Need help with simple op amp comparator

Discussion in 'General Electronics Chat' started by caseih, Dec 11, 2012.

  1. caseih

    Thread Starter New Member

    Nov 19, 2012
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    I'm trying to teach myself a little bit about op amps so I tried to build a simple comparator circuit to compare two pots and turn an LED on. I'm using a TS922 op amp I have lying around with a unipolar power supply. I've read about op amps on line and even have seen schematics, but I'm missing something.

    Just as a starting point, if I clamp both - and + inputs to ground, I would expect that the output would be low (0). Is this correct? In my circuit, my LED shines merrily even with Vref and Vin grounded. My VCC is at 12V (my goal for the working voltages). Do I need to pull the output with a resistor? Put a bigger load on it?

    My goal is to compare two pots. The specs on this op amp say the Vdiff between the inputs should be no more than 1V. So will I need to divide the input voltages further to limit them to 1V each at most?

    I think I've reached the limit of my electronics knowledge, sadly. The op amp schematics for this sort of thing look so simple. In fact http://openbookproject.net/electricCircuits/Exper/EXP_6.html looks very similar to what I want to do, if my op amp is the right one for the job.

    Any hints or pointers to better documentation and tutorials are greatly appreciated!

    thanks,
    Michael
     
  2. Ron H

    AAC Fanatic!

    Apr 14, 2005
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    A real comparator will switch faster than an op amp, but if you want to play with the TS922, do it as in the attachment.
    An op amp with a low differential input limit is a poor choice to use as a comparator. I added Schottky diode clamps (and current limiting resistors for the diodes) to protect the inputs.
    I also added a resistor to provide some hysteresis. Otherwise, when the inputs are very nearly equal, the output will chatter. Try it both ways.
    The capacitor from vcc to ground should be mounted as close to the IC as possible, with short leads. This is to prevent possible oscillations.

    If you want to play with a real comparator, look at LM393 and/or LM311. Be sure you read the datasheets carefully.
     
  3. caseih

    Thread Starter New Member

    Nov 19, 2012
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    Thanks very much, Ron. I will have a look. I think I'll take your advise also and get a better comparator.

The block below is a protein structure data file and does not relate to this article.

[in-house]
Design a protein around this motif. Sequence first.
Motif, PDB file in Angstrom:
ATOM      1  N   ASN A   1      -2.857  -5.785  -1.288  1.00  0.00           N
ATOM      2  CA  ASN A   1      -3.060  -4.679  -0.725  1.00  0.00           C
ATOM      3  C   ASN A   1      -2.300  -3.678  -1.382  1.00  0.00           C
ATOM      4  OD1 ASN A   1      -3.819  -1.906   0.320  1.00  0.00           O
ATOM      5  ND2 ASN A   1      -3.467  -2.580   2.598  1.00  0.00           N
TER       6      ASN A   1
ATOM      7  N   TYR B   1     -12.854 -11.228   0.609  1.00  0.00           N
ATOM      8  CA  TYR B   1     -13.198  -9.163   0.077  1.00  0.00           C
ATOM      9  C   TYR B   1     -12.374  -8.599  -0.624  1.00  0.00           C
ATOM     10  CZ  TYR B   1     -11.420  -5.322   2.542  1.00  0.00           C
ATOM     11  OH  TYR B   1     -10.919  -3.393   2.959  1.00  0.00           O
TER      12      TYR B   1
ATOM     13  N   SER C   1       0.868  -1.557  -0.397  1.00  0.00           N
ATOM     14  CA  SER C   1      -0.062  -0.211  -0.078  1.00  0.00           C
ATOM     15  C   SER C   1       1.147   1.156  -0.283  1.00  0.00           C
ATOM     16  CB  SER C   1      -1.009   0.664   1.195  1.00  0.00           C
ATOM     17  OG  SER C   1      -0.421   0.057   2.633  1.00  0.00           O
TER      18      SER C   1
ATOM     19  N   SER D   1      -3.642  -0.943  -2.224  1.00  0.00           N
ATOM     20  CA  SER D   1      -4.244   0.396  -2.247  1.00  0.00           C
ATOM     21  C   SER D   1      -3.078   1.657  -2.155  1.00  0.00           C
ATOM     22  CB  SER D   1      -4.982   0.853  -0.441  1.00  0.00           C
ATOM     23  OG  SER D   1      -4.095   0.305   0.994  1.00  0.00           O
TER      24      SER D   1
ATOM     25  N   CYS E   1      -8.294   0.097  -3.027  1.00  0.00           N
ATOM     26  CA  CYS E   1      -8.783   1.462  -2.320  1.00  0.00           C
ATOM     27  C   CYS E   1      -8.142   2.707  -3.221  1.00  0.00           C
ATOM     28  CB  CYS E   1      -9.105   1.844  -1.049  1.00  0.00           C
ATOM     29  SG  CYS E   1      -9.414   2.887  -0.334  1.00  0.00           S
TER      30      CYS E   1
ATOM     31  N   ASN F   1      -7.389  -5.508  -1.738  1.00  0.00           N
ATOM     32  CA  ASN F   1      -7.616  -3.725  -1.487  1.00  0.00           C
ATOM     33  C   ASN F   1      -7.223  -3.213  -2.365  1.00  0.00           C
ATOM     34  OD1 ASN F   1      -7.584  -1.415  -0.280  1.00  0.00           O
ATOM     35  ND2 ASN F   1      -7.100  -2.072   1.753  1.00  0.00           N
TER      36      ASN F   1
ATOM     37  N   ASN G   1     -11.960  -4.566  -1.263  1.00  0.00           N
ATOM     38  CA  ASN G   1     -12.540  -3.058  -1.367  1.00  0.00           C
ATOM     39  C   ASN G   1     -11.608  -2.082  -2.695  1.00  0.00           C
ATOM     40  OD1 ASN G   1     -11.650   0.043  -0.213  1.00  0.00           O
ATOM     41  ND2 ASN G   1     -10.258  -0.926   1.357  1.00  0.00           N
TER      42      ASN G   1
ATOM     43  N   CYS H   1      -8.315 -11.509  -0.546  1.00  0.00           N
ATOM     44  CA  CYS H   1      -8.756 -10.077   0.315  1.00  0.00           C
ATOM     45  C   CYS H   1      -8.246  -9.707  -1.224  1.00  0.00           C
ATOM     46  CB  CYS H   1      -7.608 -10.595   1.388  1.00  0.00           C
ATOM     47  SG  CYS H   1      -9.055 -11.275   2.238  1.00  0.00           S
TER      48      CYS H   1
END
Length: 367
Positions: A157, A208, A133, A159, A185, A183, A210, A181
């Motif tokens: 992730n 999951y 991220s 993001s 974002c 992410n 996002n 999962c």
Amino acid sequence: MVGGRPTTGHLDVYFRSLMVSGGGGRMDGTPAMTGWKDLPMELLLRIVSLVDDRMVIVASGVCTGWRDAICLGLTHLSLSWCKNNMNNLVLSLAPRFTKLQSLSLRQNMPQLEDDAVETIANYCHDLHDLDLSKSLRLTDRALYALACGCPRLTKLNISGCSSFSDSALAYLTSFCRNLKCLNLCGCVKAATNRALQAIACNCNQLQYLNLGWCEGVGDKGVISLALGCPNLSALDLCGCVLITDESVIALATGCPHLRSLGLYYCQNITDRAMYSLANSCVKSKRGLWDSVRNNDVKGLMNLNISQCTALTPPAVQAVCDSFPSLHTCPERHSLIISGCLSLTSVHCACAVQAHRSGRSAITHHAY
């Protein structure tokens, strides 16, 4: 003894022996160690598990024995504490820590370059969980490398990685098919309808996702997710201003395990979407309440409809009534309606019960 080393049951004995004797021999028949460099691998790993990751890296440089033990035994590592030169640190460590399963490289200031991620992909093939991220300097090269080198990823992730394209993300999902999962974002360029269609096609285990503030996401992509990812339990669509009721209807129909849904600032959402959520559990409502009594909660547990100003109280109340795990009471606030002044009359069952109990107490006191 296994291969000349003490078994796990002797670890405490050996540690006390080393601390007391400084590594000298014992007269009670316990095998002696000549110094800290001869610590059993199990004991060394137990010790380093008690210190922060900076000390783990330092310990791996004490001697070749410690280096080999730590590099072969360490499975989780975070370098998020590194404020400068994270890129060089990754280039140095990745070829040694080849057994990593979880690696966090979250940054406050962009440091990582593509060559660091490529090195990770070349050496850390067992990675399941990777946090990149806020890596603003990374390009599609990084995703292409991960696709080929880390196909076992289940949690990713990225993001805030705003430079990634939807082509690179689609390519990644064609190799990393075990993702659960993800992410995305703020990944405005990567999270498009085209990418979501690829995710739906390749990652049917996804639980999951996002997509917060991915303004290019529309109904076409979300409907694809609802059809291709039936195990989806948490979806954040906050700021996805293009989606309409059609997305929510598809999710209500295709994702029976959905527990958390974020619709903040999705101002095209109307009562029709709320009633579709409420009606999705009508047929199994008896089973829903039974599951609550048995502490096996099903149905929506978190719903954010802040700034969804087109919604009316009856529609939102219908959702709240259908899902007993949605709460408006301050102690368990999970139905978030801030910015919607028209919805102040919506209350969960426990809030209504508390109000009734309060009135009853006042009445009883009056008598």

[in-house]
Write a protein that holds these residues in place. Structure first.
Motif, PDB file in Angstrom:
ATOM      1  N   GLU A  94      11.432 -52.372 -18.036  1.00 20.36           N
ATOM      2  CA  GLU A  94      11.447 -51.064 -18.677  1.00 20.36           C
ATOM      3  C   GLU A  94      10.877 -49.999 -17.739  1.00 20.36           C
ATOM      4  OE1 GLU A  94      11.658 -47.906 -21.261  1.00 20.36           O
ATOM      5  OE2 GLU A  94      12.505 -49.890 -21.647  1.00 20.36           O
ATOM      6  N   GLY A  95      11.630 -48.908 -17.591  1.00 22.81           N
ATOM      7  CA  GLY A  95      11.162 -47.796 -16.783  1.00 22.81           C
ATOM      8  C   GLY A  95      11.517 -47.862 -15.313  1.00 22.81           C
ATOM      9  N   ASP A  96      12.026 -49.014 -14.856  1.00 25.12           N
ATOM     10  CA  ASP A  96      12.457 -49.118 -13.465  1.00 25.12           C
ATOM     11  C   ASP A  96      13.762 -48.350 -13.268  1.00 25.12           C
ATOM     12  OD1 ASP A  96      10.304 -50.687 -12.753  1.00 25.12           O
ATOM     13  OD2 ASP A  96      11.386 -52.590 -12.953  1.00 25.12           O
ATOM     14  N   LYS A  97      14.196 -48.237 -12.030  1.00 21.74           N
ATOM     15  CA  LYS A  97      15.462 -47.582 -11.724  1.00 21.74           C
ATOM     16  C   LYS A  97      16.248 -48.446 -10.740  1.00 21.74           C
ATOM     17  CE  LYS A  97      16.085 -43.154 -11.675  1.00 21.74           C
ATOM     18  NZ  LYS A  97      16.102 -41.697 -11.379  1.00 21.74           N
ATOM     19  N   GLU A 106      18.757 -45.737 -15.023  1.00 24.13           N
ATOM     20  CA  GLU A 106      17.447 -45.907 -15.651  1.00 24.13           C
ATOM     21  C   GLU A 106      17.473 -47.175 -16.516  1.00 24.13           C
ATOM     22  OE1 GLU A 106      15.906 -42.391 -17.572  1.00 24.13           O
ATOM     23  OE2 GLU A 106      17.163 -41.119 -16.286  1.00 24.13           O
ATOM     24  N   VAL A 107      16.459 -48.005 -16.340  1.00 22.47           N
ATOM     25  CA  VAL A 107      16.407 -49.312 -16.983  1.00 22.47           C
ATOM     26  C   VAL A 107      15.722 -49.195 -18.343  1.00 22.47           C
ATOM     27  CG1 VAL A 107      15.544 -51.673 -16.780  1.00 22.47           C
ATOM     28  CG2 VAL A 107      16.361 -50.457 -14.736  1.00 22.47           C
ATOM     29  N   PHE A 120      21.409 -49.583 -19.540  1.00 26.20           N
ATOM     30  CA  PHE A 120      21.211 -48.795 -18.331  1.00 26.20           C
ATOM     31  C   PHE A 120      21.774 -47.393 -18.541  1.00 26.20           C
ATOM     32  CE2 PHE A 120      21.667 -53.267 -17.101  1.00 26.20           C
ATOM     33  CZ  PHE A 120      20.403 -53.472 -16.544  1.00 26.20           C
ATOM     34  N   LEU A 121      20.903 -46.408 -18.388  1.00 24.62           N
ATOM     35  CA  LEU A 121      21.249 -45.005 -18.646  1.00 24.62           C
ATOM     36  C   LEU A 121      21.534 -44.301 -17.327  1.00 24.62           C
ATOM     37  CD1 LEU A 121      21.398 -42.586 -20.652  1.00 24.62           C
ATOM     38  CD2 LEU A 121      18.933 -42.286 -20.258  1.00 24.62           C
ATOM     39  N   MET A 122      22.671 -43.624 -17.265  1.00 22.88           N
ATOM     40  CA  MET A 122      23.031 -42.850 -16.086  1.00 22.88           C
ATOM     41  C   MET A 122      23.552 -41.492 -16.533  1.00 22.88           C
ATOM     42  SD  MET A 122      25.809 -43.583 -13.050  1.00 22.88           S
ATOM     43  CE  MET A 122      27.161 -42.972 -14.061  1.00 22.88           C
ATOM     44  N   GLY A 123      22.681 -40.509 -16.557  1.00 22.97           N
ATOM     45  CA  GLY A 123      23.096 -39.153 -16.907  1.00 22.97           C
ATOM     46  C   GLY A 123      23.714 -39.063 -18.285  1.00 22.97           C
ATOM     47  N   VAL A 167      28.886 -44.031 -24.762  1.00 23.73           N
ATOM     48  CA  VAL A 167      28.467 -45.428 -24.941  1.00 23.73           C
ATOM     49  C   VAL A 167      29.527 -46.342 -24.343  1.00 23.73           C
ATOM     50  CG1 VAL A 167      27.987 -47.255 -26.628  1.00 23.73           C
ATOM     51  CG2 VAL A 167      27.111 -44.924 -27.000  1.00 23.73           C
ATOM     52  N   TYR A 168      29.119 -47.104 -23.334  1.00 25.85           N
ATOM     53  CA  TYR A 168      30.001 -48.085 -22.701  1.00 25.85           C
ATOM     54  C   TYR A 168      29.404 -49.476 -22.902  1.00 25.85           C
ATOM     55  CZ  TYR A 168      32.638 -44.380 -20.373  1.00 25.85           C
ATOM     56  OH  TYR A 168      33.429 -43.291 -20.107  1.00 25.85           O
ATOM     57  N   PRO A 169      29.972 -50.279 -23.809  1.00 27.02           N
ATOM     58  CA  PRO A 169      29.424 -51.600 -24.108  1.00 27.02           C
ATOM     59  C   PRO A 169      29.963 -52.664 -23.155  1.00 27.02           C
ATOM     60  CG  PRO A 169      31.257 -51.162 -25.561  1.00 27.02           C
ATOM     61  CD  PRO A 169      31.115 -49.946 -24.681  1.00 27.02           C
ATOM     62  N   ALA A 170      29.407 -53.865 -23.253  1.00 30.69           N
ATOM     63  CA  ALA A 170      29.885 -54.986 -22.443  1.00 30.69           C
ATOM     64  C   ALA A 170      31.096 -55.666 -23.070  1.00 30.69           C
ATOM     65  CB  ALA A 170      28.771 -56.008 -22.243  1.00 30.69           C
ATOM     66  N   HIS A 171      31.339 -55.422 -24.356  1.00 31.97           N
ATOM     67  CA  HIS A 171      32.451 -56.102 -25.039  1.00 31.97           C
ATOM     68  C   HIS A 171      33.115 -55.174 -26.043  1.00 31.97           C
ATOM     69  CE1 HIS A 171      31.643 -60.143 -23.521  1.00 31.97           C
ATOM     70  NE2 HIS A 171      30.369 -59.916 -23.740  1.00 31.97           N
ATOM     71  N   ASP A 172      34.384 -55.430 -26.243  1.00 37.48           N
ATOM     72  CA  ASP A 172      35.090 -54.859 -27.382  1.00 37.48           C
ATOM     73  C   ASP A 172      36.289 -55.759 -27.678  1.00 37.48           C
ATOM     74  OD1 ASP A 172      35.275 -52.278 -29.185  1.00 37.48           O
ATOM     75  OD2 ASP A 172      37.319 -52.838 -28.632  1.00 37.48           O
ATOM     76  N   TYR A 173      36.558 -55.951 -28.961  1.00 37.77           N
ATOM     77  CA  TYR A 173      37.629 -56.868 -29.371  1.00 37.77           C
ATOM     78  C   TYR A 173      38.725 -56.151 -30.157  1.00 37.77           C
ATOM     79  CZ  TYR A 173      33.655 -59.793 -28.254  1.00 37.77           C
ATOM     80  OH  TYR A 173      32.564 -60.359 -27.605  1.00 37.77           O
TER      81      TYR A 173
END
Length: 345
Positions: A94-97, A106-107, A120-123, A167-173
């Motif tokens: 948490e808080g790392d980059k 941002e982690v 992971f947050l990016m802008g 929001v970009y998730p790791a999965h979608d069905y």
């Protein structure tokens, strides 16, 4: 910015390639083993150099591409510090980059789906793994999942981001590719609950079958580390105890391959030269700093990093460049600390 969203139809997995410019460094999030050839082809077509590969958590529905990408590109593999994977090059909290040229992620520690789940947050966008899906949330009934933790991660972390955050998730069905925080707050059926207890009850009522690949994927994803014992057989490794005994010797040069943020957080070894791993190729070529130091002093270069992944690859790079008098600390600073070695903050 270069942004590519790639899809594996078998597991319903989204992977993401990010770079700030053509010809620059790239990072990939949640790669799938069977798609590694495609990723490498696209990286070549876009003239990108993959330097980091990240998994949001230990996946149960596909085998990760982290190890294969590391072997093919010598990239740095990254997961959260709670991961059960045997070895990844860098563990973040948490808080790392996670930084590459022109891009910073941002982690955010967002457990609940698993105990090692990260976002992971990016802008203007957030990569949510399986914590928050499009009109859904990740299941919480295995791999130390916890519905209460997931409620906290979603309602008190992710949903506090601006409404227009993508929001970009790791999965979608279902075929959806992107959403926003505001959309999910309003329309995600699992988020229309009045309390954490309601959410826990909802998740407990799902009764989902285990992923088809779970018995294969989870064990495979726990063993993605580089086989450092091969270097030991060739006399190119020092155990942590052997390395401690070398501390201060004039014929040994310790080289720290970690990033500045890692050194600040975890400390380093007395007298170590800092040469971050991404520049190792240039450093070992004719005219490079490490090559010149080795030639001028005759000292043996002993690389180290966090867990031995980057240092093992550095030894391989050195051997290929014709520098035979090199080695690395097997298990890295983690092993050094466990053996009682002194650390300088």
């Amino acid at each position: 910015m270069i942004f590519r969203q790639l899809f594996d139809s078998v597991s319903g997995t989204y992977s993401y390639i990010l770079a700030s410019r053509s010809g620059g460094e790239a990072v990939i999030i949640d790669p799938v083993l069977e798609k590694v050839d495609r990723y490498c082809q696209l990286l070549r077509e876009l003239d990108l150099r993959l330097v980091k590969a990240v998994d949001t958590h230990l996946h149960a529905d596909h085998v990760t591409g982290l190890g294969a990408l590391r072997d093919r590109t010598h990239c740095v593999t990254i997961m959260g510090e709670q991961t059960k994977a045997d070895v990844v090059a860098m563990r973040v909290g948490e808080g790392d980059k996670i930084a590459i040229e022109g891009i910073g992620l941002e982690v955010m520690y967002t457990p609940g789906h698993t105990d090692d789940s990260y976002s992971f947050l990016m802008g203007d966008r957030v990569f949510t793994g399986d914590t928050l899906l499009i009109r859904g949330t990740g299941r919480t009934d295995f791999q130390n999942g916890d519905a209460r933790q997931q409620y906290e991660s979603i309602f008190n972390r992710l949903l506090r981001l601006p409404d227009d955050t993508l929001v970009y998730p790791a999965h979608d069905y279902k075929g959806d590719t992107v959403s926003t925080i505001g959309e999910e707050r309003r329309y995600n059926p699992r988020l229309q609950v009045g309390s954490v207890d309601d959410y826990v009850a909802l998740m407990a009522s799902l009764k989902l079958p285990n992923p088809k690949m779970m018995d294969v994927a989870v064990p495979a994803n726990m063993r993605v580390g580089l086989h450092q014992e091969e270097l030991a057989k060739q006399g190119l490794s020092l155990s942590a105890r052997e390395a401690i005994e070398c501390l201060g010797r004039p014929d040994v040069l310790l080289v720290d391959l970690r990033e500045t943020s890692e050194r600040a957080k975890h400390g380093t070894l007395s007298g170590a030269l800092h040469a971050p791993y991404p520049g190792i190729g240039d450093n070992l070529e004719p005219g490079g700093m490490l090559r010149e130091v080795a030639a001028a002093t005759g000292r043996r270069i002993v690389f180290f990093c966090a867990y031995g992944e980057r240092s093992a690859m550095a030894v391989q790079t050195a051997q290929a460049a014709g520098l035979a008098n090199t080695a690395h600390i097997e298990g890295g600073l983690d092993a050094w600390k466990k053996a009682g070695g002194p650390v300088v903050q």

4. caseih

    Thread Starter New Member

    Nov 19, 2012
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    Right now I only have a 5K pot and and a 10K pot in my assortment. What changes would I make to this circuit to deal with those two pots on the inputs?
     
  5. Ron H

    AAC Fanatic!

    Apr 14, 2005
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    656
    Those pots are fine. They don't have to be the same value. You can dispense with the diodes if you change the series resistors to around 15 to 20k. Measure input voltages on the op amp input pins.
    Real comparators don't have these restrictions. Most op amps don't either.
     
  6. bountyhunter

    Well-Known Member

    Sep 7, 2009
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    1) If you have a single supply, the op amp may not allow taking the inputs to ground, which is the negative rail in your application.

    Not necessarily. If the op amp is running without feedback, the output may be either high or low depending on the input offset voltage.
     
  7. crutschow

    Expert

    Mar 14, 2008
    12,981
    3,221
    Cheap and common comparators are the LM311 or LM339. The can operate from single supplies and work down to zero volts on the input.
     
  8. #12

    Expert

    Nov 30, 2010
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    I'm repeating other people but in different words.

    A lot of opamps don't even recognize 0.0 volts as a valid input. They only care about the difference between their 2 input pins, and the voltage on each pin must be within the "common mode range". That means, "somewhere near the middle" between the positive supply voltage and the negative supply voltage (which is sometimes zero).

    "The middle" can be very large if you're running an opamp with +/- 15 volts for its supplies but the middle gets pretty small if you're only giving the chip +5 volts and 0 volts. The amps that don't care are called, "rail to rail" inputs. Even then you have to read the datasheet closely because some of the alleged rail-to-rail amps don't go all the way to the rail. They miss by few tenths of a volt.

    Opamps are analog devices. A digital kind of zero input voltage doesn't work with a lot of them.
     
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